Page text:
There’s not a lot you can say about pop music that isn’t true. Whatever your prejudices you’ll find in the history of pop music the evidence to support them. I don’t know whether Simon Napier Bell would call himself a cynic but since he’s the first person to write a history of pop music who’s also read a recording contract you could say it amounts to pretty much the same thing.
His new book, “Ta-Ra-Ra-Boom-De-Ay” is sub-titled “the dodgy business of popular music” so you couldn’t accuse it of having a hidden agenda. Napier Bell’s career goes back to the early sixties where he worked with Burt Bacharach on the soundtrack of What’s New Pussycat?, managed the Yardbirds and wrote the words for You Don’t Have To Say You Love Me, and carried on through the seventies and eighties with first Japan and then Wham! whom he took on an unprecedented successful tour of China.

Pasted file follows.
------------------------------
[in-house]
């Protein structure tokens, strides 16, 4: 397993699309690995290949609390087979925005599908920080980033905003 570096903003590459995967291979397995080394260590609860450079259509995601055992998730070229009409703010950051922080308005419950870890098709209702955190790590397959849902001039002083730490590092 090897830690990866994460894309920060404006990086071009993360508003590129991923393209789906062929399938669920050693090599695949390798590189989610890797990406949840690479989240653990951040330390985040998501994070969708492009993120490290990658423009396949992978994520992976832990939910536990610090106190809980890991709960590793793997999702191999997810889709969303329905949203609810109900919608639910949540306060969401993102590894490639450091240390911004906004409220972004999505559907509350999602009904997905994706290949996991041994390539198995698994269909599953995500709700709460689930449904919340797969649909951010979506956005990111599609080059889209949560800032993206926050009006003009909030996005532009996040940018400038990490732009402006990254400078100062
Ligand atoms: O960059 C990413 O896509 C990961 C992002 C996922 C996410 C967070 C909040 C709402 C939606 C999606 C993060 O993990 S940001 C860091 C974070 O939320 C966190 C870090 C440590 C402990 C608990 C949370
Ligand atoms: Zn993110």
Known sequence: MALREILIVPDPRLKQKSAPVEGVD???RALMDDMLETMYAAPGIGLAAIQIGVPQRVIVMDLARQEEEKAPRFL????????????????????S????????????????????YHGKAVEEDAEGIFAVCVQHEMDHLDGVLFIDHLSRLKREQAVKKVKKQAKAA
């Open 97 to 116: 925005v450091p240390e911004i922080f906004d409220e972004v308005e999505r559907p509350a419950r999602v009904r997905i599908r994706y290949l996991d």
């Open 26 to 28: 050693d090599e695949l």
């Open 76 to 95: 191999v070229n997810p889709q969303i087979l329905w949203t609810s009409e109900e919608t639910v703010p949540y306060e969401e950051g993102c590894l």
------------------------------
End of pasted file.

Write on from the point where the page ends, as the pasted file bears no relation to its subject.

The book travels from the saucy song that provides its name through the minstrel shows of the turn of the last century and Elvis and The Beatles to the smoke and mirrors world of Live Nation and Pop Idol. It’s a vivid, wide-ranging history of just about every attempt to make money out of music since the 18th century and a tale as chock-full of rascals, rank opportunists and shameless twisters as you’ll find this side of a Mel Brooks farce.
Simon will be our guest in a special, never-to-be repeated live version of the Word Podcast on August 19th at the Islington in, er, Islington. On that night this world-class raconteur will be talking to world-class listeners Mark Ellen, David Hepworth and Fraser Lewry about his career and the colourful people he’s worked with. Some of it will be edited for further circulation via the podcast. The only way you can make sure that you don’t miss a single word is to be there.
Tickets are £10 and are on-sale here.
You can find out more about it here.